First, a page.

Lactate (lactic acid) is a byproduct produced by type II (fast twitch) muscle fibres when they process glucose for fuel. It is the substance that makes your muscles hurt when you are exercising.
The good news is that your type I (slow twitch) muscle fibres reprocess the lactate back into glucose for reuse by the type II muscle fibres.
All is well whilst the type I muscle fibres have the capacity to reprocess the lactate being produced by the type II muscle fibres. But if you exercise at a level of intensity that means the type II muscle fibres are producing more lactate than the type I fibres can cope with, things start to go wrong. Any excess lactate must be passed into the blood stream to be processed elsewhere in the body and if you continue to maintain the same level of activity more and more lactate is produced and the amount in the blood rises exponentially until the body blows up. Not literally but we all know that feeling when we suddenly cannot carry on pushing anymore and have to rapidly drop our level of effort considerably.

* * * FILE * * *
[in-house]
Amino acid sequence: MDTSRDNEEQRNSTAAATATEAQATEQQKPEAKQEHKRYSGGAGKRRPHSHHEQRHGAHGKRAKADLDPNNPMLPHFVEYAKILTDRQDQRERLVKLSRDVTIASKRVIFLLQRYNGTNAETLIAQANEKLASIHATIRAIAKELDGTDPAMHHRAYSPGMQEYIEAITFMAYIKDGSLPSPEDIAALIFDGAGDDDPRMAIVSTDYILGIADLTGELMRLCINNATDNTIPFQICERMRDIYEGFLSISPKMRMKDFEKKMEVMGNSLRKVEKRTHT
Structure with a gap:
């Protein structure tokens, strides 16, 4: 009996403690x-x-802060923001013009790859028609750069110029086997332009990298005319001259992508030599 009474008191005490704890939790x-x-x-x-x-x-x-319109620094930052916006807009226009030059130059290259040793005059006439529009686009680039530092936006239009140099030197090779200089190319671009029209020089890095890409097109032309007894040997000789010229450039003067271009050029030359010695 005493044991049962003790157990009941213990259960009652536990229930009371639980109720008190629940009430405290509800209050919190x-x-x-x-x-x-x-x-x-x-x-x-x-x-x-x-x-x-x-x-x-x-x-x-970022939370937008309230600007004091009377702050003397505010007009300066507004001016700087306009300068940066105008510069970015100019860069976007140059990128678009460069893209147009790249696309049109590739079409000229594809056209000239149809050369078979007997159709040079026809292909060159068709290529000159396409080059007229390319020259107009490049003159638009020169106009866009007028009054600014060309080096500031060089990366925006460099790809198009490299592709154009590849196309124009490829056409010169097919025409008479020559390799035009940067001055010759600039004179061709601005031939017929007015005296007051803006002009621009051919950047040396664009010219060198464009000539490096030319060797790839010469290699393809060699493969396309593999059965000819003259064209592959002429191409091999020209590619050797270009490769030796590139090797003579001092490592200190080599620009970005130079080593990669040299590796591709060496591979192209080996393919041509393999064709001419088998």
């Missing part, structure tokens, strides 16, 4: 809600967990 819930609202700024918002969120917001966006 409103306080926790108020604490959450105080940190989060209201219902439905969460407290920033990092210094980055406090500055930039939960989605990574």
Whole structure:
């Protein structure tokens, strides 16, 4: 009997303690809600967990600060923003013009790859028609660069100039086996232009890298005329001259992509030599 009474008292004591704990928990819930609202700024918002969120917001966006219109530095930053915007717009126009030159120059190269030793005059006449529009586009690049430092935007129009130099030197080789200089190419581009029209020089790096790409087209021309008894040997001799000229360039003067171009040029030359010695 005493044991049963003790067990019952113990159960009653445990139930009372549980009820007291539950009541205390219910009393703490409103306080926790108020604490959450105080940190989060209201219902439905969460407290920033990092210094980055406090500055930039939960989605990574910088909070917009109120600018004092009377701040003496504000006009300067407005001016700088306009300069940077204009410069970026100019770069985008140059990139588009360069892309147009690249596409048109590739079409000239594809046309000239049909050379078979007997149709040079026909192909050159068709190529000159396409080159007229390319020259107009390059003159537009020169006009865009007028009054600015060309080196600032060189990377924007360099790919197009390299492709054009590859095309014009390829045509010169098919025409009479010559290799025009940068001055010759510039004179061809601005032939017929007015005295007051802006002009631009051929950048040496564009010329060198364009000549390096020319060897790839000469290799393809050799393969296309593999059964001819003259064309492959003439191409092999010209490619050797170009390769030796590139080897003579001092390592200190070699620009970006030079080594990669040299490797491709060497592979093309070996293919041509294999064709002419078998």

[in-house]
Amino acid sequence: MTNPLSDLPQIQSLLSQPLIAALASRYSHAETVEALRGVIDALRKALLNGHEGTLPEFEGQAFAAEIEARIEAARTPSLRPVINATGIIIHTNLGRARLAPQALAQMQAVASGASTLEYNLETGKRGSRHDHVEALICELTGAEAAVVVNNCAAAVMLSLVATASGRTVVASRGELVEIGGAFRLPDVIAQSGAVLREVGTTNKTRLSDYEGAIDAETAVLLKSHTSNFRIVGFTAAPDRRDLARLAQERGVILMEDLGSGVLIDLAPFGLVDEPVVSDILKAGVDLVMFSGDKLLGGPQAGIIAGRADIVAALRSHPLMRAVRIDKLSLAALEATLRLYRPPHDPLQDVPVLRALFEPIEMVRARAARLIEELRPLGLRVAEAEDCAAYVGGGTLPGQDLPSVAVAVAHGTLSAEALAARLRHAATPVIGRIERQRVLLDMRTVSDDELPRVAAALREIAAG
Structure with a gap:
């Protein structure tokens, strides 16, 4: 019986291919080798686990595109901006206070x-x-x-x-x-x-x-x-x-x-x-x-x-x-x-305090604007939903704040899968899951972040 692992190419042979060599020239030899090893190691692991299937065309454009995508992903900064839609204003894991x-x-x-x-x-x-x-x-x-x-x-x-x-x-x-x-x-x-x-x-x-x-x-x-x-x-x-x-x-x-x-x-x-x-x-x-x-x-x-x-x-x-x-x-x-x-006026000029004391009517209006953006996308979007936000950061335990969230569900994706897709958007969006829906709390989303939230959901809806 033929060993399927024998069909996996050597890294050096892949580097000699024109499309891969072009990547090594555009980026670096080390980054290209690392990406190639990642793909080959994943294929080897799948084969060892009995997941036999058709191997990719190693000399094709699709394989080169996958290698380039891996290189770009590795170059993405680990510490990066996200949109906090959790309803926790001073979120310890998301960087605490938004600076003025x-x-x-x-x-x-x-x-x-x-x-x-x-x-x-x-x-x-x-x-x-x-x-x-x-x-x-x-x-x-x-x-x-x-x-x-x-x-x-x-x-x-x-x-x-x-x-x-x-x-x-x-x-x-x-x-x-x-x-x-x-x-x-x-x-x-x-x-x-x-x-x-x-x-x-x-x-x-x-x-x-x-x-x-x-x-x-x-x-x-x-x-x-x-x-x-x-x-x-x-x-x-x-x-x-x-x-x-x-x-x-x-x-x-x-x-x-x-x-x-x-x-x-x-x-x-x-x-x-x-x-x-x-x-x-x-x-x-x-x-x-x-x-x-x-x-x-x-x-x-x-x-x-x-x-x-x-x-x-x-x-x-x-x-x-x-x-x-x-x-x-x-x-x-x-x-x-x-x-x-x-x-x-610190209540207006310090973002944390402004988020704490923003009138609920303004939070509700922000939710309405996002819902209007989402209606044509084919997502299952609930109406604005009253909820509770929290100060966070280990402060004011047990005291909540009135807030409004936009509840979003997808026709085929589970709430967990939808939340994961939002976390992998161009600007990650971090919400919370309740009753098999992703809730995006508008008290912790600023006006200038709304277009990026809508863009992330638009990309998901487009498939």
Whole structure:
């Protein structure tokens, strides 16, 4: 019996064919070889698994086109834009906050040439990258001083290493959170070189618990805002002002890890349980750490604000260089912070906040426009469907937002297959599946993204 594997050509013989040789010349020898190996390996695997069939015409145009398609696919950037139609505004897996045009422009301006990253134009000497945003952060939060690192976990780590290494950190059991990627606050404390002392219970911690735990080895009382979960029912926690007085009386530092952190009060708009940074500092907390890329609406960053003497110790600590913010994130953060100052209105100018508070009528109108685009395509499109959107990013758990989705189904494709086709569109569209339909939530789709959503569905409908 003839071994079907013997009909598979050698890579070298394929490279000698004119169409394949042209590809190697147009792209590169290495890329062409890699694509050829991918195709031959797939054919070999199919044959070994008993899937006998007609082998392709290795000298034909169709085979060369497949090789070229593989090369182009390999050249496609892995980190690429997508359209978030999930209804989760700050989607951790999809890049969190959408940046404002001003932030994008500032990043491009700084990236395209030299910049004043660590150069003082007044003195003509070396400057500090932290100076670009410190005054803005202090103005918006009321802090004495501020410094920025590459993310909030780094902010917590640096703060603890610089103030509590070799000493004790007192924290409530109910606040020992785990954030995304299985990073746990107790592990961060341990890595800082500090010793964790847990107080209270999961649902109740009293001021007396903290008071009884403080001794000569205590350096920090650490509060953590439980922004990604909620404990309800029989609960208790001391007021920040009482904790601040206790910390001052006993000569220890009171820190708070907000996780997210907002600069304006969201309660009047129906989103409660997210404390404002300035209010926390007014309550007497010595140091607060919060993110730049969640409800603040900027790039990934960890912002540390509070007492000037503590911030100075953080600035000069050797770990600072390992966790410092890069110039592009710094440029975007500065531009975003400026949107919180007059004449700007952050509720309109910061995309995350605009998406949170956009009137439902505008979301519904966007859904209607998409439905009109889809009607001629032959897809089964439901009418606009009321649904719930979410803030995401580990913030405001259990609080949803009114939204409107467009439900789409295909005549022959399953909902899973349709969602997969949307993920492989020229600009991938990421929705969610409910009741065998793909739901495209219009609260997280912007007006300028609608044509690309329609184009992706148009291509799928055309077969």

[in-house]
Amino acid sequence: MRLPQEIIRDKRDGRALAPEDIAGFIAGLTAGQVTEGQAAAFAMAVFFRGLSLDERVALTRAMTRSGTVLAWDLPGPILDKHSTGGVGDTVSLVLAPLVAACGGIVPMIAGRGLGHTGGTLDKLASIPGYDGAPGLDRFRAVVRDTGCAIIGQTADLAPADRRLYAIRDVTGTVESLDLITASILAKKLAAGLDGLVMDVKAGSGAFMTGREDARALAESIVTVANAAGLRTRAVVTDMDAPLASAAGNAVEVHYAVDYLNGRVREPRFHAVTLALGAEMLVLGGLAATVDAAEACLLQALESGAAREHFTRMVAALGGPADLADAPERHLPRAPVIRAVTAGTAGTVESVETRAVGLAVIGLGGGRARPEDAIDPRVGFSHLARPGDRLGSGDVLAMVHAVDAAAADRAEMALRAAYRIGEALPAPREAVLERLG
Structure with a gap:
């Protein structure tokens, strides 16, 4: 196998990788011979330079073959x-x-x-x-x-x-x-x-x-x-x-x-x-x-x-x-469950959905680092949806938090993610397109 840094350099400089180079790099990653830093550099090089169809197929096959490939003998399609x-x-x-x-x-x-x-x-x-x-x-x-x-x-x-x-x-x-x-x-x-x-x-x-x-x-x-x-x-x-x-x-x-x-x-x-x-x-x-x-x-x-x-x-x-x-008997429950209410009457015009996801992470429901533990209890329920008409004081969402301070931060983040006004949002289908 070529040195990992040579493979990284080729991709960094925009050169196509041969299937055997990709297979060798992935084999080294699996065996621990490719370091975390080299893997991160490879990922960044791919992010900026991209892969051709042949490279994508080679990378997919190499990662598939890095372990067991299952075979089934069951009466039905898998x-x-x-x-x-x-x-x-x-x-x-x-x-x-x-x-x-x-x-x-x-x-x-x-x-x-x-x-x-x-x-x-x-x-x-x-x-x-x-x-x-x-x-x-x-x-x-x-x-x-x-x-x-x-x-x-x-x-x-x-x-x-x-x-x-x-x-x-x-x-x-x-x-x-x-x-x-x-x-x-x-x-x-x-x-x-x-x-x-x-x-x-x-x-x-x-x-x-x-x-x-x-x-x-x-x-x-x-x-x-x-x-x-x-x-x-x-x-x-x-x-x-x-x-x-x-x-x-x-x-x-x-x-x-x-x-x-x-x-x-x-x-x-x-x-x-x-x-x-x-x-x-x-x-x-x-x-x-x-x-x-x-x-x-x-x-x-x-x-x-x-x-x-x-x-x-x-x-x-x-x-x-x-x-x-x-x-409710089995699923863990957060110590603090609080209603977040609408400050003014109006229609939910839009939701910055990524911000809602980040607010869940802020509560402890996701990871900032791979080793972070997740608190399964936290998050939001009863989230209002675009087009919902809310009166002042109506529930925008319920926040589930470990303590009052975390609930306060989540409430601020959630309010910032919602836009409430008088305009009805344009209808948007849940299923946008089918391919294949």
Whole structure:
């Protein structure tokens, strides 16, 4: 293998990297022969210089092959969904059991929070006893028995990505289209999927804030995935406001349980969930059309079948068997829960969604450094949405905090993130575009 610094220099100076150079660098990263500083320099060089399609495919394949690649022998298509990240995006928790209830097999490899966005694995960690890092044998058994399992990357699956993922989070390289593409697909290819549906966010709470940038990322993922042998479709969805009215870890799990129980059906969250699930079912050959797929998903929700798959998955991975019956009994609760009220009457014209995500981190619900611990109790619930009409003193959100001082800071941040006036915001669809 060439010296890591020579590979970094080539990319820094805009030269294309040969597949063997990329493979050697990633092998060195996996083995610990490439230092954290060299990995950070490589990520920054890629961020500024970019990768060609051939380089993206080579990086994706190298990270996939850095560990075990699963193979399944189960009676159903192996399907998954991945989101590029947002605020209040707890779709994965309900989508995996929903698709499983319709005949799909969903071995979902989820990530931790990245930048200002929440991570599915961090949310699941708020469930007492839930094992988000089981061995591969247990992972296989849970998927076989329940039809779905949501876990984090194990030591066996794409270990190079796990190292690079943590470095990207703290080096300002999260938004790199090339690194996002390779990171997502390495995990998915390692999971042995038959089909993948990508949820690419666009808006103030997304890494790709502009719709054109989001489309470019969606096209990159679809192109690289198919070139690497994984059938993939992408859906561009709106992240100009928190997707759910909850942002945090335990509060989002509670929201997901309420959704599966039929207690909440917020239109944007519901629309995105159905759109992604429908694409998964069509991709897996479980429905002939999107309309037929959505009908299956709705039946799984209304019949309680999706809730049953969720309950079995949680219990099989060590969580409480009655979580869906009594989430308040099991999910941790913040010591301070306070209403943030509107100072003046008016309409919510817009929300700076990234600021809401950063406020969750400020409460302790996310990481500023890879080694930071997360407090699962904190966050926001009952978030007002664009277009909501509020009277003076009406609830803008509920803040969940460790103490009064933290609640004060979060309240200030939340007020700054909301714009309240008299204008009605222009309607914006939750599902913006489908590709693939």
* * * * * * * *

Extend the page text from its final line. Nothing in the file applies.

Your lactate threshold is the point at which the lactate in your blood begins to rise exponentially. On the road it represents the hardest you can ride for a prolonged period of time without blowing up.
Three books are available related to this website (including gpx route files) as ebooks or paperbacks. As little as £2.99 each or all three for £5.98. That’s less than an inner tube or a Costa coffee with a slice of cake.
Where to next?
Back to interval training for cycling Lands End to John O’Groats, look at endurance training or visit one the most popular pages on the site, which concern planning your End to End, thinking about the cycling equipment you will need, what you should be eating and drinking whilst cycling and how to create a route for Lands End to John O Groats. Or you can read my own account of cycling End to End to get some idea of what to expect.